More than 400 unpublished recordings of excerpts and complete works, which appear on the CDs that accompany the text and the handouts.

    New and Improved Handouts Significantly Reorganized Handouts While The Complete Musician still advocates a highly integrated presentation of theoretical, analytical, compositional, and musical activities, I have reorganized the handouts to give instructors more options to match their training plans.

    Workbook 1: Writing and Analysis is now dedicated to writing and analytical activities, including figured bass, melody harmonisation, pattern composition and analysis.

    Workbook 2: Skills and Musicality contains musical skills. The exercises within each chapter of Workbook 2 are organized by type of activity: singing arpeggios of the chord being studied and then a melody from the literature, singing in two parts, dictation, keyboard and instrumental application.

    More than 150 new literature extracts and complete works for analysis and dictation appear in the workbooks. This includes new instrumental combinations as well as broader and more accessible stylistic examples (eg Kreisler's Prelude and Allegro and a passage from Faure's Pavane).

    More analytical and notation space is included in both workbooks for students to provide answers.

    Recordings Included in Simplified Format About 4,500 musical examples are included in the books and handouts, many from common practice repertoire. More than 90 percent of these are high-quality mp3 files, which are burned to the CDs that accompany the text and each workbook. (All music is played, recorded and engineered at Eastman.) Having the mp3 files on a CD will allow students and instructors to easily locate the track they want to hear. (An icon appears in the margin of the text next to musical examples included on the CD.) sample solutions to over 250 writing exercises (eg, figured bass and melody harmonizing) and analytical exercises; and supplementary examples, exercises, and teaching guidelines detailing effective strategies for each chapter. A new companion website: This website contains companion writing and analysis exercises that focus on the fundamentals of each newly introduced concept. For example, substantial exercises in identifying triads and Roman numerals with varying spacing and textures will help single-line performers and singers develop crucial fluency in various musical settings.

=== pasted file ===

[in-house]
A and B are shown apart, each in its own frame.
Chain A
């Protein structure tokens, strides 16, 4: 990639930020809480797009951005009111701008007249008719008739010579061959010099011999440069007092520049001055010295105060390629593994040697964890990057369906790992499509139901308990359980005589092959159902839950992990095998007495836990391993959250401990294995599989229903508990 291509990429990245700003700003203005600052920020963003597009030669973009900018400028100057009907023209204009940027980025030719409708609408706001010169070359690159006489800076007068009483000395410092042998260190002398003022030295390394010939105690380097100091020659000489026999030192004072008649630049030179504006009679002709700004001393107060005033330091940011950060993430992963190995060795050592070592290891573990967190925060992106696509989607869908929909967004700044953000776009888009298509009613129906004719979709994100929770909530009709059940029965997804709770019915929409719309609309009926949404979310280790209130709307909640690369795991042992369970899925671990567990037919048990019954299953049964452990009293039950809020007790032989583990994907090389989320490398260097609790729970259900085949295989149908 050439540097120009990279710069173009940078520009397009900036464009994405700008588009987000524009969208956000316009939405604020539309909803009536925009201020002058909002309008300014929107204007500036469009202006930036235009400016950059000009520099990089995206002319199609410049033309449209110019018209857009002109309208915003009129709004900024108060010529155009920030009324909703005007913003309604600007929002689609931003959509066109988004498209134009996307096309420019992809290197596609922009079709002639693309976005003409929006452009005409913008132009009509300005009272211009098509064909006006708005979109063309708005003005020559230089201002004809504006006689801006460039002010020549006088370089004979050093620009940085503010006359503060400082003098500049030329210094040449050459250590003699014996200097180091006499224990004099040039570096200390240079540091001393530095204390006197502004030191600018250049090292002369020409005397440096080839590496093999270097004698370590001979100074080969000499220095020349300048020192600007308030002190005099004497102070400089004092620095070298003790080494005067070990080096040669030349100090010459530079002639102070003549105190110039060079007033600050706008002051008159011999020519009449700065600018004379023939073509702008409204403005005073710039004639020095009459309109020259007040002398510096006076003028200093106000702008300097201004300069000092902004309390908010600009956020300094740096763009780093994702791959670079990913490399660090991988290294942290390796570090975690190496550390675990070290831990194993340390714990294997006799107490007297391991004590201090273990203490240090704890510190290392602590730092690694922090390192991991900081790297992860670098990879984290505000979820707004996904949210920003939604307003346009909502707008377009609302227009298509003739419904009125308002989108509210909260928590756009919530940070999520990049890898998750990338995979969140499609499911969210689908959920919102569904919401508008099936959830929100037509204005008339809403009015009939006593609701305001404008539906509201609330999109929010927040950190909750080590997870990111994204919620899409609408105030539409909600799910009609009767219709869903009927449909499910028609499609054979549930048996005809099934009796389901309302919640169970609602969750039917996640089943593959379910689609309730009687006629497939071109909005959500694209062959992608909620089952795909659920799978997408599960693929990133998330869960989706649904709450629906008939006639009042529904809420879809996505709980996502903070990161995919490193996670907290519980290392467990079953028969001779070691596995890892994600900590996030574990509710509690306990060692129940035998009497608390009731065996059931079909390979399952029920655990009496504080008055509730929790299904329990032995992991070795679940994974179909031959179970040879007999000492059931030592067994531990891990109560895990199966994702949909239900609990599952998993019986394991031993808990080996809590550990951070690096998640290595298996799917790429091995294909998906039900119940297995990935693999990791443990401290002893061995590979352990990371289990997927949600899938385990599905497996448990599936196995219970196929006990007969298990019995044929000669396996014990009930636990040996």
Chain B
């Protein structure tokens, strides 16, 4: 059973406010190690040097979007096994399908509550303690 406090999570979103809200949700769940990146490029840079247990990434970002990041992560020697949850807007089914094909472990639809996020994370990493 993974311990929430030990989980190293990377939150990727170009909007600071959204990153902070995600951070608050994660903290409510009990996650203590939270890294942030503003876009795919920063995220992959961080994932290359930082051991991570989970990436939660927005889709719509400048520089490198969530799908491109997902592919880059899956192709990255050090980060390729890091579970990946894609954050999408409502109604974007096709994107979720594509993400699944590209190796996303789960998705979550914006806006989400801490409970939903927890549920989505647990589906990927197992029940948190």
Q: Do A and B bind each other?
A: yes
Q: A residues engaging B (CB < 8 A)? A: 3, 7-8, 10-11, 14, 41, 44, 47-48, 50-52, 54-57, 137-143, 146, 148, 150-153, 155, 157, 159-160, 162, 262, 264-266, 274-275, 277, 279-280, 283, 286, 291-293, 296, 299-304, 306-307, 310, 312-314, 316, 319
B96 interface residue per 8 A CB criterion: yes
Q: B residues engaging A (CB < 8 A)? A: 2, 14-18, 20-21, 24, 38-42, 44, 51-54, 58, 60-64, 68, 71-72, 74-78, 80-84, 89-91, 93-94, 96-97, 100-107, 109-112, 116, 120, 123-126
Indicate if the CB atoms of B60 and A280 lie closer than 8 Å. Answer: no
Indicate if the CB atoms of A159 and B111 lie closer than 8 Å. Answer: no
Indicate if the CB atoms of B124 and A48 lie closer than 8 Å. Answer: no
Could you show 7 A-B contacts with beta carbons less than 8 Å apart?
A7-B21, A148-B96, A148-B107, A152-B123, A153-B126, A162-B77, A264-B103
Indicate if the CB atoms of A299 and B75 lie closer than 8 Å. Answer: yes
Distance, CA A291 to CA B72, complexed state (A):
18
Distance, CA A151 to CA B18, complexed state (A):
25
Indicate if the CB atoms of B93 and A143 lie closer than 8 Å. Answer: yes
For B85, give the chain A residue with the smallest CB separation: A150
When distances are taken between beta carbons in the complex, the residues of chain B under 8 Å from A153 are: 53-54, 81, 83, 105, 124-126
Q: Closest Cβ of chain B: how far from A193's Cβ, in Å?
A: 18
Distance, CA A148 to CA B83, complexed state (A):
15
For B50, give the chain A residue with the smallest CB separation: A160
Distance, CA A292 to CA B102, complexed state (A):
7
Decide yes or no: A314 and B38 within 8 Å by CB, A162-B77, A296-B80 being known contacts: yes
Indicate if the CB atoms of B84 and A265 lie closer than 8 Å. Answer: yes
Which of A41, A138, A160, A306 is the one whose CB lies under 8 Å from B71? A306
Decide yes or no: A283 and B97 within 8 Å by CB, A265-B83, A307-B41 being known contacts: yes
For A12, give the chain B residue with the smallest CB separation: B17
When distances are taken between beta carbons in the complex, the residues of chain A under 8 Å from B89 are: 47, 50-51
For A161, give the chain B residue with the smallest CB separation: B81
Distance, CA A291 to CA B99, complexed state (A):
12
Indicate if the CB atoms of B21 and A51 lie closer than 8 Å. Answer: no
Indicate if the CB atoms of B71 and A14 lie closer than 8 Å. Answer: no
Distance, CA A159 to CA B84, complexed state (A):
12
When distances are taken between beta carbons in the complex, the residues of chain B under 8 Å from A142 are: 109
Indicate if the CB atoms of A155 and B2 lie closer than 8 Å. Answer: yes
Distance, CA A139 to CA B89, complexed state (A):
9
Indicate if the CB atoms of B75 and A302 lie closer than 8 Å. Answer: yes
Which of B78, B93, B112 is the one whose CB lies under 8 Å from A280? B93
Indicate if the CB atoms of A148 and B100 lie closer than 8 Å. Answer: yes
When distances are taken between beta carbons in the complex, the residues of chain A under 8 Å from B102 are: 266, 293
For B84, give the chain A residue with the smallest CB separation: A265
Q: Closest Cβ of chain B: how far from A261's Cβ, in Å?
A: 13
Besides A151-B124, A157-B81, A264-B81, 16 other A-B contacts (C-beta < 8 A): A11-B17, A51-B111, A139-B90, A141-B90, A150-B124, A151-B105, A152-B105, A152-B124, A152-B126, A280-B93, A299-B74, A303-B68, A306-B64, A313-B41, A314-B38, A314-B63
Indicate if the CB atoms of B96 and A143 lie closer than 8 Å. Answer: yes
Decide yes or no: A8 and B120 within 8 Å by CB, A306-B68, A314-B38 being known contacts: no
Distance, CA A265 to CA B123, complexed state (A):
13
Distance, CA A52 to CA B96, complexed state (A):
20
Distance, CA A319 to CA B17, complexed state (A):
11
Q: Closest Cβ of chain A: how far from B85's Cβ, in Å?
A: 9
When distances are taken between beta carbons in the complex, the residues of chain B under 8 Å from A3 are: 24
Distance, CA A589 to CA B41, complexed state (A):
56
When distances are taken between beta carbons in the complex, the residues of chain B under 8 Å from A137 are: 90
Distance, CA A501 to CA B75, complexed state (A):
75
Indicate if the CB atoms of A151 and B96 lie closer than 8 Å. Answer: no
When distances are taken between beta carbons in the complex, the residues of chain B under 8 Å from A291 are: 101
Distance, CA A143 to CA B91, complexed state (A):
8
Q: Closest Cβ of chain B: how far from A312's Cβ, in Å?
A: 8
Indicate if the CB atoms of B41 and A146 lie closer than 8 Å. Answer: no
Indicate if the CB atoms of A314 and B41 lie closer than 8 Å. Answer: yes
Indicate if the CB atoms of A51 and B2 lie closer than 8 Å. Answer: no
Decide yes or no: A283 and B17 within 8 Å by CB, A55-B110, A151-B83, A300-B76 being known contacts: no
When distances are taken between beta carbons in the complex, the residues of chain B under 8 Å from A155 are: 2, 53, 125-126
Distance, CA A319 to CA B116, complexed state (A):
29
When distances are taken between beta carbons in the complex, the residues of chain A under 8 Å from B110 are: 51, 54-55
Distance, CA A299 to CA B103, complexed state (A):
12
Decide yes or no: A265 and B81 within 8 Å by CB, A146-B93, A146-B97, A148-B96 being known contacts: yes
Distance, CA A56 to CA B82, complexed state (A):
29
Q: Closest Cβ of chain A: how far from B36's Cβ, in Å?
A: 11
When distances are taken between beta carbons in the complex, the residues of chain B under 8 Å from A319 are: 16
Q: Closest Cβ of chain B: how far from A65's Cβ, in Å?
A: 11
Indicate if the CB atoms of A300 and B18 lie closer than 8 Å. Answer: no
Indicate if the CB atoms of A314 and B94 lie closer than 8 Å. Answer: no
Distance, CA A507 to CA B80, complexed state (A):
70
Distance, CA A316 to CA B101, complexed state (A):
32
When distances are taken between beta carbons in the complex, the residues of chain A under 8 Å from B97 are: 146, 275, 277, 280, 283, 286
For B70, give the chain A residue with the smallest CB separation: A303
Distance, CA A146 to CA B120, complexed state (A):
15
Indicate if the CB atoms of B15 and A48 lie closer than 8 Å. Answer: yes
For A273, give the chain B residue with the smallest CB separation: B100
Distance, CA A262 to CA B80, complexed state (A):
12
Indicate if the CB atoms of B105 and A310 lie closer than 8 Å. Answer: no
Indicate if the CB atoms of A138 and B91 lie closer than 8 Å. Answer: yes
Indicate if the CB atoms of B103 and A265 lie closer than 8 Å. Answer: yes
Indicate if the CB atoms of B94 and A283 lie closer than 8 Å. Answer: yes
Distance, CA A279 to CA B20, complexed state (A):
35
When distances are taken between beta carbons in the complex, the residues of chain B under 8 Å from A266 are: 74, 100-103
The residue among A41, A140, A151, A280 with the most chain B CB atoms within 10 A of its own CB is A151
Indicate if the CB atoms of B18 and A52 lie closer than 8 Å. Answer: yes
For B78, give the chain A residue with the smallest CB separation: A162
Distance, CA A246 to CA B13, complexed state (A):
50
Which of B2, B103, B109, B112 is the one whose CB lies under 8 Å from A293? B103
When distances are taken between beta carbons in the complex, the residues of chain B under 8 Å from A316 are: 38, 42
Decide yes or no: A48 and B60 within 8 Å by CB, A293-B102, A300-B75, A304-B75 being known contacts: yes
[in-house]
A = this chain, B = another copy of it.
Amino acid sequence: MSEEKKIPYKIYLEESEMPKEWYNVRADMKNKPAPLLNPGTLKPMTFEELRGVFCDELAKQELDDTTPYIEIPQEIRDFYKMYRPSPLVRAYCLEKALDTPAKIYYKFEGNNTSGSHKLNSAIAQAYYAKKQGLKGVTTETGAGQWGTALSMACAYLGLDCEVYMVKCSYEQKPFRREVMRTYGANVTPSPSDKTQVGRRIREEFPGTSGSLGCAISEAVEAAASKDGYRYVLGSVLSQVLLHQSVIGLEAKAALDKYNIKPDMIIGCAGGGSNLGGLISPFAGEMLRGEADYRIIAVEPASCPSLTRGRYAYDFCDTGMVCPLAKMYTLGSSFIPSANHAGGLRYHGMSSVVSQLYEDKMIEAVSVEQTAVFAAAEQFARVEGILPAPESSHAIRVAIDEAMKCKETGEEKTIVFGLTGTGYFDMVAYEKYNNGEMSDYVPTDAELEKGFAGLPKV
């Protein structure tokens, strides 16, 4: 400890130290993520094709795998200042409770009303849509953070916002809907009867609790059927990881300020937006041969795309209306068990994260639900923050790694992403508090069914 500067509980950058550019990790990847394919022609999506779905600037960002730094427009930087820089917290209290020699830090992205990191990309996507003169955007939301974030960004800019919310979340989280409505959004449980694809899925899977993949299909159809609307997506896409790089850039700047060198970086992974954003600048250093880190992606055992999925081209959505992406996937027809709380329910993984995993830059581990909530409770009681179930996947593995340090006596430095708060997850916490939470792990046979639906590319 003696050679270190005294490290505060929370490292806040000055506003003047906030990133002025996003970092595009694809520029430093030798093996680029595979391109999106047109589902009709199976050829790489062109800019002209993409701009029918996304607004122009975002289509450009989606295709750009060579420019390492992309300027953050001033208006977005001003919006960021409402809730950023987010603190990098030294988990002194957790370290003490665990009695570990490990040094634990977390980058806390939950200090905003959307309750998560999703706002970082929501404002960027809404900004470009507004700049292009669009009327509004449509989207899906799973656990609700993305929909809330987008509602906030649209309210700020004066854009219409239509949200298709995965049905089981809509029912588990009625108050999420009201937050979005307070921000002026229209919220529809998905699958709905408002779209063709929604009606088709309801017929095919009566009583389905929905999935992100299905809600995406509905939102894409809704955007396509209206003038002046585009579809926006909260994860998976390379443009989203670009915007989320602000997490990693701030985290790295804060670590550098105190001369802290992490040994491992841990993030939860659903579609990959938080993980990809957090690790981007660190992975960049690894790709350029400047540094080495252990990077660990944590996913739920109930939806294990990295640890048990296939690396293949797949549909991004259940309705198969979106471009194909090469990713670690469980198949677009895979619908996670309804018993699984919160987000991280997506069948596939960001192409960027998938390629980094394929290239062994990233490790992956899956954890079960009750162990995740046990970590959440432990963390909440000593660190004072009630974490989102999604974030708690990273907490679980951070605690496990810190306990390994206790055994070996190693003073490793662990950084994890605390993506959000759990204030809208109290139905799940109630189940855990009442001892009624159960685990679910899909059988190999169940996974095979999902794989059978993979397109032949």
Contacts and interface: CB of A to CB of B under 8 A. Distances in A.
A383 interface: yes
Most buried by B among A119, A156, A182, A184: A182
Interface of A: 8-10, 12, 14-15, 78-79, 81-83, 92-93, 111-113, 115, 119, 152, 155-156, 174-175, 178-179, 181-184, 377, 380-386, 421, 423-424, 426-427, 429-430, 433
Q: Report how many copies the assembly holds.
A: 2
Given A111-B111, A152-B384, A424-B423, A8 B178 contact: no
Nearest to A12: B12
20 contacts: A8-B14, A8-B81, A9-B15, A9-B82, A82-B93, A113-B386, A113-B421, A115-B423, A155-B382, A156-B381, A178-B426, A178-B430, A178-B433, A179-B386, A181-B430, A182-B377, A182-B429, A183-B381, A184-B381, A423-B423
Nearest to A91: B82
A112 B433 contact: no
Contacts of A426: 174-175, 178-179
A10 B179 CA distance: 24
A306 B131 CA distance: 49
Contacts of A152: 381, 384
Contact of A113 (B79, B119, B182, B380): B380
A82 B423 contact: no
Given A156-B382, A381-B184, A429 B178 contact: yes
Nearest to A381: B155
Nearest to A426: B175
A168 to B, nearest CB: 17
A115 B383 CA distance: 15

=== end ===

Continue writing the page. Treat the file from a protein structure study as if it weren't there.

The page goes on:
Terminology and Scope The Complete Musician intends to follow a neutral and hopefully ecumenical path. For example, no particular system is adopted for singing melodies. Students should employ any system used in the classroom, be it scales of note numbers, mobile or fixed music theory, etc. Whenever possible, I use


    commonly accepted terminology in the text. Occasionally, however, when I felt that current popular terminology was insufficient or vague, I have deviated from what is generally taught and added to it. For example, considerable attention is devoted to harmonic sequences, given their ubiquitous presence and crucial role in tonal music. In order for students to master the aural (and written) sequences, I have developed a naming system that captures both the general rise and fall of the sequences and the chord-to-chord fundamental intervals created by these movements.

    Another reason for occasionally deviating from conventional terminology stems from my desire to reveal the hierarchical processes of tonal music and model how we hear various harmonic movements. Therefore, the analytical method employed in TheComplete Musician involves considering the relative importance of a chord within a given musical context. For example, a dominant harmony that definitely leads to the tonic as part of a strong and authentic cadence is a different kind of dominant that occurs within a phrase and simply helps to connect the tonic and submediant, or one that occurs in the middle of a phrase. phrase. the cadence, but it doesn't actually move. for the next tonic. It may be more logical, then, to see such a dominant as referring to the initial tonic and therefore not moving the progression forward. By distinguishing between these functions, students should learn that analysis is a creative endeavor that engages their instincts and has implications for their own music production.